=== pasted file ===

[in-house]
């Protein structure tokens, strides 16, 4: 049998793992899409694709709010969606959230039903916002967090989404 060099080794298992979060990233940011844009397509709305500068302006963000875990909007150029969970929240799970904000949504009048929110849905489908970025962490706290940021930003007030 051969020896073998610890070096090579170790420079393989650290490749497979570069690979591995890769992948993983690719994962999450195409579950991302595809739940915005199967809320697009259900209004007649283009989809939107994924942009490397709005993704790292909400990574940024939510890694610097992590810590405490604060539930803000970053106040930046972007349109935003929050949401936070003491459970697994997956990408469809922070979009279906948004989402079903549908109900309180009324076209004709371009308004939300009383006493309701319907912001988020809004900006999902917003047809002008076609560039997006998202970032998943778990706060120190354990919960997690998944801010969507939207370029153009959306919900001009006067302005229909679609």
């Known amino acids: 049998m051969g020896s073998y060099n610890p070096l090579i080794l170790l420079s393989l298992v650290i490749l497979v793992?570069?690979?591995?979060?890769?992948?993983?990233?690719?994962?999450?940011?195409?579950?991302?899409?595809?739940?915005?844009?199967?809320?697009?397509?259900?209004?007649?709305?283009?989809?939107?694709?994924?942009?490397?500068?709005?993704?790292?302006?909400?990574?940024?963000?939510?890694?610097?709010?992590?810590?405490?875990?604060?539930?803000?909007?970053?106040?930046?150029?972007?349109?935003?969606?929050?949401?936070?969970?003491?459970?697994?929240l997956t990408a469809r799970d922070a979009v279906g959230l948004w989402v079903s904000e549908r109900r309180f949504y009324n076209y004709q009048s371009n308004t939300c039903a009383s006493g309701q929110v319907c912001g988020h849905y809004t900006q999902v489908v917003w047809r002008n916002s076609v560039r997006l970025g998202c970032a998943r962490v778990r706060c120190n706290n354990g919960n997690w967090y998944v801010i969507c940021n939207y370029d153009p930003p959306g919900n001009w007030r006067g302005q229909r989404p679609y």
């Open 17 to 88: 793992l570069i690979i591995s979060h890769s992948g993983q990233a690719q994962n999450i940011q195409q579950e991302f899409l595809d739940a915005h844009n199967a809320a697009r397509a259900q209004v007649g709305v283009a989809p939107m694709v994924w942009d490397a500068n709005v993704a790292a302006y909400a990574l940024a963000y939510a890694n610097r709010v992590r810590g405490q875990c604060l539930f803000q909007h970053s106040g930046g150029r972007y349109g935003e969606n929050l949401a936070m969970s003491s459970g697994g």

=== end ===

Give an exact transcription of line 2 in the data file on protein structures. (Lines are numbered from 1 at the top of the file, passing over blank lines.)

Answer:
């Protein structure tokens, strides 16, 4: 049998793992899409694709709010969606959230039903916002967090989404 060099080794298992979060990233940011844009397509709305500068302006963000875990909007150029969970929240799970904000949504009048929110849905489908970025962490706290940021930003007030 051969020896073998610890070096090579170790420079393989650290490749497979570069690979591995890769992948993983690719994962999450195409579950991302595809739940915005199967809320697009259900209004007649283009989809939107994924942009490397709005993704790292909400990574940024939510890694610097992590810590405490604060539930803000970053106040930046972007349109935003929050949401936070003491459970697994997956990408469809922070979009279906948004989402079903549908109900309180009324076209004709371009308004939300009383006493309701319907912001988020809004900006999902917003047809002008076609560039997006998202970032998943778990706060120190354990919960997690998944801010969507939207370029153009959306919900001009006067302005229909679609």